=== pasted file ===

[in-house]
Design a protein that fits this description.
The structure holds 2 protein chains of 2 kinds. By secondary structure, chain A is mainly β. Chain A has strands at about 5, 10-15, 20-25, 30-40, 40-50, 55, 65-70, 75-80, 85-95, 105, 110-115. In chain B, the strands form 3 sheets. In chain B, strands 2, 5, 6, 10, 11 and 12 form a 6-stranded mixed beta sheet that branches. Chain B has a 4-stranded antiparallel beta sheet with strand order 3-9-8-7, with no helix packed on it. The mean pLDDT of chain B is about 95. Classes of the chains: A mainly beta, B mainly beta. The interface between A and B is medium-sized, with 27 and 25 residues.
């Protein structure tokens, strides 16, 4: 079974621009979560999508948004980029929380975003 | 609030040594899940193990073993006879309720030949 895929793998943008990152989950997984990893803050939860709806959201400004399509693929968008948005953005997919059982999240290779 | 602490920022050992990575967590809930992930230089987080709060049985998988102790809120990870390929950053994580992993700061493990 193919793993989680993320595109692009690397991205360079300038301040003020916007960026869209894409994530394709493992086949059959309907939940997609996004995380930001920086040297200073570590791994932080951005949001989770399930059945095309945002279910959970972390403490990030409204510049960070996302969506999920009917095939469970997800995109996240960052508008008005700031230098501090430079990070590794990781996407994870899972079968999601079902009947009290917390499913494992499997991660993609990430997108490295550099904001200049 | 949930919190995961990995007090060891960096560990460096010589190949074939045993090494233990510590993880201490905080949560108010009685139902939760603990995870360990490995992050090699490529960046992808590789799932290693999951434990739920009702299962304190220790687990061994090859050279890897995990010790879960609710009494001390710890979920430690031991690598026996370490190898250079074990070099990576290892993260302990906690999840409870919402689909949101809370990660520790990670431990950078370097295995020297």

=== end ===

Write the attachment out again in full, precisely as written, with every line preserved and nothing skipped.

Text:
[in-house]
Design a protein that fits this description.
The structure holds 2 protein chains of 2 kinds. By secondary structure, chain A is mainly β. Chain A has strands at about 5, 10-15, 20-25, 30-40, 40-50, 55, 65-70, 75-80, 85-95, 105, 110-115. In chain B, the strands form 3 sheets. In chain B, strands 2, 5, 6, 10, 11 and 12 form a 6-stranded mixed beta sheet that branches. Chain B has a 4-stranded antiparallel beta sheet with strand order 3-9-8-7, with no helix packed on it. The mean pLDDT of chain B is about 95. Classes of the chains: A mainly beta, B mainly beta. The interface between A and B is medium-sized, with 27 and 25 residues.
């Protein structure tokens, strides 16, 4: 079974621009979560999508948004980029929380975003 | 609030040594899940193990073993006879309720030949 895929793998943008990152989950997984990893803050939860709806959201400004399509693929968008948005953005997919059982999240290779 | 602490920022050992990575967590809930992930230089987080709060049985998988102790809120990870390929950053994580992993700061493990 193919793993989680993320595109692009690397991205360079300038301040003020916007960026869209894409994530394709493992086949059959309907939940997609996004995380930001920086040297200073570590791994932080951005949001989770399930059945095309945002279910959970972390403490990030409204510049960070996302969506999920009917095939469970997800995109996240960052508008008005700031230098501090430079990070590794990781996407994870899972079968999601079902009947009290917390499913494992499997991660993609990430997108490295550099904001200049 | 949930919190995961990995007090060891960096560990460096010589190949074939045993090494233990510590993880201490905080949560108010009685139902939760603990995870360990490995992050090699490529960046992808590789799932290693999951434990739920009702299962304190220790687990061994090859050279890897995990010790879960609710009494001390710890979920430690031991690598026996370490190898250079074990070099990576290892993260302990906690999840409870919402689909949101809370990660520790990670431990950078370097295995020297």